St. Vincent Volcano: Only those vaccinated for COVID-19 can evacuate - PM

The decision does not appear to be the prime minister's, but rather was made by the neighboring island nations of Barbados, Grenada, Antigua and St. Lucia.

New video from Georgetown, a community several miles away from La Soufriere volcano on the Caribbean island of Saint Vincent, showed buildings blanketed in a layer of ash on Saturday (April 10), a day
Only those who have received the COVID-19 vaccine will be able to safely evacuate from St. Vincent after the Caribbean island nation's La Soufriere volcano erupted on Friday, Prime Minister Ralph Gonsalves said in a press conference Saturday.
Giving a press conference with his face visibly welling up with tears, the Vincentian prime minister explained that cruise ships had volunteered to transport the island's residents to nearby Caribbean islands for shelter, but only vaccinated people would be allowed to board.
“The chief medical officer would be identifying the persons already vaccinated so that we can get them on the ship,” he told reporters. 
He explained the cruise ships "don't have enough personnel" to keep people on the ships, but can transport them. 
The decision does not appear to be his, but rather was made by the neighboring island nations of Barbados, Grenada, Antigua and St. Lucia, which said they would only accept fully vaccinated refugees.
The island nation is home to some 100,000 people. 
Last Thursday, the country began to take precautions, and had ordered the evacuation of homes in the northern parts of the island due to a possible risk that La Soufriere could erupt.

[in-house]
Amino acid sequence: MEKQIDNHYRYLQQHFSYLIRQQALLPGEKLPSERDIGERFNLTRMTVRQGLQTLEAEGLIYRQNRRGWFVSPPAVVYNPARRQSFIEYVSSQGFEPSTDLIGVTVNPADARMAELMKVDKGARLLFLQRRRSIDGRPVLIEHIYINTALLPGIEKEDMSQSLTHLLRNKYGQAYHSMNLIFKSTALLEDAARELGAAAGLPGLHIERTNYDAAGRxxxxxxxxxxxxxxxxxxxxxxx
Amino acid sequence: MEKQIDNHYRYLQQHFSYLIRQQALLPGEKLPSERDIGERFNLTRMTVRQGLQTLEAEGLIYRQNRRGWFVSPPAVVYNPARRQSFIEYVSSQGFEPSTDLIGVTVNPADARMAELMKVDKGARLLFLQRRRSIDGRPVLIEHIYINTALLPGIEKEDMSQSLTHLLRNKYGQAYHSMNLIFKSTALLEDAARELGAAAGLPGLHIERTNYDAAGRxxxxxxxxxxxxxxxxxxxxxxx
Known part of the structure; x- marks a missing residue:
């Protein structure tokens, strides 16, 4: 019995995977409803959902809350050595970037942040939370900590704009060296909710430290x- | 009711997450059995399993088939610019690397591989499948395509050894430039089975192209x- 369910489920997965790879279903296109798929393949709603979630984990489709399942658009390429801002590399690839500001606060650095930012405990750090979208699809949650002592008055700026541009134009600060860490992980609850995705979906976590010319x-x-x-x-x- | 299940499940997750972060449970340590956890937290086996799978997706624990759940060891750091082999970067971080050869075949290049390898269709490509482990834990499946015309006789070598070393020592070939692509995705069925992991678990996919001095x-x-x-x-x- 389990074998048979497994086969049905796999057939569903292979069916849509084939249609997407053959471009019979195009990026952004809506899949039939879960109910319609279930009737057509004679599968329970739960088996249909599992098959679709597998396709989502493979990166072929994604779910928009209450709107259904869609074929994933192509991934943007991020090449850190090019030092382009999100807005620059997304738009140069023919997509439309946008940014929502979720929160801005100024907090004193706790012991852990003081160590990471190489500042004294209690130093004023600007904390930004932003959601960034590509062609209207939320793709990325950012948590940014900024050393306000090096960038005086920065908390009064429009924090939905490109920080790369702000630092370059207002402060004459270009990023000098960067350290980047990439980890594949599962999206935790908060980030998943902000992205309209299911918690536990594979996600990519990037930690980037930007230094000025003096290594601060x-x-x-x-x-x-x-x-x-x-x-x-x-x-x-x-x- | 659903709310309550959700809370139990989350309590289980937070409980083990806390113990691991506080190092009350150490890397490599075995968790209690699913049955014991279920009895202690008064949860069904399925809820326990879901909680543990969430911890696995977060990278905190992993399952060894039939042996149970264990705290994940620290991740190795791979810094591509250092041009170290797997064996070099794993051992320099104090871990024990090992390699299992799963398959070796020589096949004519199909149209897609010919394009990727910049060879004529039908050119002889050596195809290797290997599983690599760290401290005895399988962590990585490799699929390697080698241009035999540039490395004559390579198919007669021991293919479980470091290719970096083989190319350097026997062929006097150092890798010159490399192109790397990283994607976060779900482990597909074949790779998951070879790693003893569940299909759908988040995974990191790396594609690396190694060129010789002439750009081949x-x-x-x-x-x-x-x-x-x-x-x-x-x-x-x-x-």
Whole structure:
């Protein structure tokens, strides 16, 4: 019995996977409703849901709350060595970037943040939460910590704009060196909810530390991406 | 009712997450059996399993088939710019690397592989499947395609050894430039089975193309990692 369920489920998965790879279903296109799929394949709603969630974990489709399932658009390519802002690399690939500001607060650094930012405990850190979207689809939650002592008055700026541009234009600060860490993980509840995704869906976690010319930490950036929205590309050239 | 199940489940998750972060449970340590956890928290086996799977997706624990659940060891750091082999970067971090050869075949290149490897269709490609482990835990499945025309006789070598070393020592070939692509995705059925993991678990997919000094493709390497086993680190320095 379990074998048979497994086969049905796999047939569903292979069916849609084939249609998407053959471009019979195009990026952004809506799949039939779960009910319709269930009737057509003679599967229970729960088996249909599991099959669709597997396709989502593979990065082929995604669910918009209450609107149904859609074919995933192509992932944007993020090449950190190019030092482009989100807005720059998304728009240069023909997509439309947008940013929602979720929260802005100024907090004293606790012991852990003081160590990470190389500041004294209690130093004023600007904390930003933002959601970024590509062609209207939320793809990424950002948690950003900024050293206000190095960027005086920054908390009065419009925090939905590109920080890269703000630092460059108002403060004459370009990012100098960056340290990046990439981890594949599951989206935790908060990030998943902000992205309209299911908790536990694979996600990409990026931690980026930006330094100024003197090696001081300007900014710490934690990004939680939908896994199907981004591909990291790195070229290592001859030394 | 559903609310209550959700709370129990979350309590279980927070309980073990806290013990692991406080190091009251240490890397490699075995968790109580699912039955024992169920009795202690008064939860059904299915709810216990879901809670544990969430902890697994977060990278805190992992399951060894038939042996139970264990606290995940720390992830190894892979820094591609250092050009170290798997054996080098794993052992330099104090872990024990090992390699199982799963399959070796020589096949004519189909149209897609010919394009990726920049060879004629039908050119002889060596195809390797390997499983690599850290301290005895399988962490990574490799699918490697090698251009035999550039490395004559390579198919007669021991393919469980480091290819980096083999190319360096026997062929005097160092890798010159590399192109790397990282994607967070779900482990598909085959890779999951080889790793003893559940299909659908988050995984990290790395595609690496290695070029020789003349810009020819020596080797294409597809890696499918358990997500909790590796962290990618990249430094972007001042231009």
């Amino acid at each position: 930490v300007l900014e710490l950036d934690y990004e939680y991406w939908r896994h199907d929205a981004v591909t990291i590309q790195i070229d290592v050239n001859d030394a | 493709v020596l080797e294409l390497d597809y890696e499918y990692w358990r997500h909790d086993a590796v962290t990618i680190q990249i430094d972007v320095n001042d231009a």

The volcano had been dormant since 1979, with its last eruption causing around $100 million in damages. In 1902, an eruption killed over 1,000 people.
The Friday eruption caused ash and smoke and plunged the neighboring area into near total darkness, blotting out the bright morning sun, said a Reuters witness, who reported hearing the explosion from Rose Hall, a nearby village.
Smaller explosions continued throughout the day, Erouscilla Joseph, director at the University of the West Indies Seismic Research Centre, told Reuters, adding that this kind of activity could go on for weeks if not months.
"This is just the beginning," she said.
The eruption column was estimated to reach 10 km. (6 mi.) high, the seismic research center said. Ash fall could affect the Grenadines, Barbados, St. Lucia and Grenada.
Local media have in recent days also reported increased activity from Mount Pelee on the island of Martinique, which lies to the north of St. Vincent beyond St. Lucia.